-Rev Melissa Fain-
This is part of a new series on the seven virtues. Consider starting from the beginning!
"Pride Comes Before the Fall"
"Pride comes before the fall." If I never hear that phrase again the world will be a better place! Pride is one of those words that clearly carry it's own vice and virtue all its own. There are few who would question what's wrong with personal pride in a job well done. It's only when we slide that pride into the deadly sin category we begin to shudder a little at the implications.
Bad pride is a cement. It's our inability to change once we know we're wrong. Bad pride would rather live in a past lie, than a potential future. Bad pride is a hope killer. Yep, you read that right. Pride is the killer of God's hope. That kind of pride is deadly dangerous.
Humility When Tied to Deadly Pride
The virtue of humility is the ability to see the bigger picture. If pride is cement, humility is the jack hammer. It breaks up our stubborn nature to see the hope on the horizon. It sets us free. We don't admit our failure to cower or fall in. We admit failure because it's failure. It keeps us from God's path. Accepting what has been with clear vision, allows us to move on.
Humility When Weaponized
I really need to stress that I used to be an introvert. I know I said this just a few weeks ago, but no one who knows me today would be able to pick me out from a line up twenty plus years ago. And sincerely, when I say introvert what I really mean to say is broken extrovert. There was a time that simply standing up for myself was a huge accomplishment. Getting in front of a group of people and just stating something simply and sufficiently was a challenge.
I wanted to celebrate when I was able to pull it off.
Only there were those around me who thought everything should be done in supplication, head lowered, never taking credit. I mean, these were people who didn't need to take credit, because they were out in the lime light. They never needed to say what they did because everyone could clearly see they were the ones who did it.
I, on the other hand, used to be someone no one noticed. Literally, there were days the teacher would take role and to my face say, "Where's Melissa? She's late!" There'd be days I'd be in a room of people where the leader counted who was in the room and they wouldn't count me. How would I know it wasn't me. When they'd recount, they'd use their finger and pass over me as they counted! You mean to tell me, God wanted that person, my younger broken self, to be seen less?!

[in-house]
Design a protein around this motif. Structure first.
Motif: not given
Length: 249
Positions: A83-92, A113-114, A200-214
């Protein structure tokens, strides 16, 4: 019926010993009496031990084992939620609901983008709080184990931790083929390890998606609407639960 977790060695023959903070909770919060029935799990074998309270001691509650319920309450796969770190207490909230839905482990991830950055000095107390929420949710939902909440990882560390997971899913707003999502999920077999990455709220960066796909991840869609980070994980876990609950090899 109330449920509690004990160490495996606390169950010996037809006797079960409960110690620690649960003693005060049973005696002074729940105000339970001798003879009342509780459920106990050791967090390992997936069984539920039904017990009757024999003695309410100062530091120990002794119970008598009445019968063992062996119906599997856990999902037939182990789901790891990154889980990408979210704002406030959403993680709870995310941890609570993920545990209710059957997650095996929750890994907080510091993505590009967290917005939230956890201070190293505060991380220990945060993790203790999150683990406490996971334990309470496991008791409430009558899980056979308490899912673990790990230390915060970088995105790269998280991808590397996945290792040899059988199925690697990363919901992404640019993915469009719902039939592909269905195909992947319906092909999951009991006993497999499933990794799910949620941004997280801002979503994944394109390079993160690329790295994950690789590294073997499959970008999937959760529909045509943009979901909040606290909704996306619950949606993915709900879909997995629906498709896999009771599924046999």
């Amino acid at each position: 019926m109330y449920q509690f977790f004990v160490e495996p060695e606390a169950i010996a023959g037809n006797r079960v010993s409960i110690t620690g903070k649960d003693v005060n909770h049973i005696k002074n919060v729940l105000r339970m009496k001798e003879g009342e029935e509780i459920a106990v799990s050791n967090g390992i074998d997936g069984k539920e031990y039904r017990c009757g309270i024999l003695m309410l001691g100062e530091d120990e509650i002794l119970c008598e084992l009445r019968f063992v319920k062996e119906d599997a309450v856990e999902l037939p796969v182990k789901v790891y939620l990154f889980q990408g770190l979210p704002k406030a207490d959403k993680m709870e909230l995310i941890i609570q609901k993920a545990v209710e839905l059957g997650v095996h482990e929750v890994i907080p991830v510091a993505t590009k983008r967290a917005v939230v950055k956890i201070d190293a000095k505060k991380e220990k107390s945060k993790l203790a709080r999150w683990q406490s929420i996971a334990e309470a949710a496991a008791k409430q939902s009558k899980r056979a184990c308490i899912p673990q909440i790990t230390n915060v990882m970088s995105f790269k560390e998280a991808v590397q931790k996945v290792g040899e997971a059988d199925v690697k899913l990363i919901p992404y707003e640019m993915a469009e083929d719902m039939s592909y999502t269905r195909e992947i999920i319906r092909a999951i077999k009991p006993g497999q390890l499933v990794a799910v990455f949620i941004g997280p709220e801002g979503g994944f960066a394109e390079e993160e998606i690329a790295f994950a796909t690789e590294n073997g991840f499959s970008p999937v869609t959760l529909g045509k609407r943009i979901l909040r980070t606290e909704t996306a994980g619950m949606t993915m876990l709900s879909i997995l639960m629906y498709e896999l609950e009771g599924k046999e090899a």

I remember living in that complete unworthiness. I wasn't worth it. I failed because I wouldn't amount to anything. I was ignored, because there were people worth more attention.
It was in college, sitting across from my minister, telling her I was going into ministry, that something clicked.
Humility as an Action of Hope
When I decided to talk about my call to ministry, I seriously thought people would laugh in my face. I was a C student in middle school, and by no means any greater than average in high school. My denomination required a Masters level study to be an ordained minister. I wasn't good enough.
Then my minister raised up my call, and celebrated it.
It changed my view on humility. Humility is accepting what God has called you to do, even if you don't feel you are in a place to do it. Many of us get the negating side of humility. Tesla dug ditches so he could fund his work. Many will sacrifice glory for the sake of the call. We often forget that sometimes humility is also accepting something bigger and greater in our nothingness.
Now this doesn't change what I think of myself. When someone tells me my words moved them I try to take myself out of the equation. (After all, God once used a donkey to talk to a prophet.) When I glorify myself I give myself too much credit in a world where God deserves so much more. I just remember there are times when the call is to speak, so I speak. Humility has become sometimes opening myself up instead of closing myself off.
Humility is accepting failure, because in accepting failure I'm accepting what can no longer be, and using the pieces to build something new.
I'm living into hope.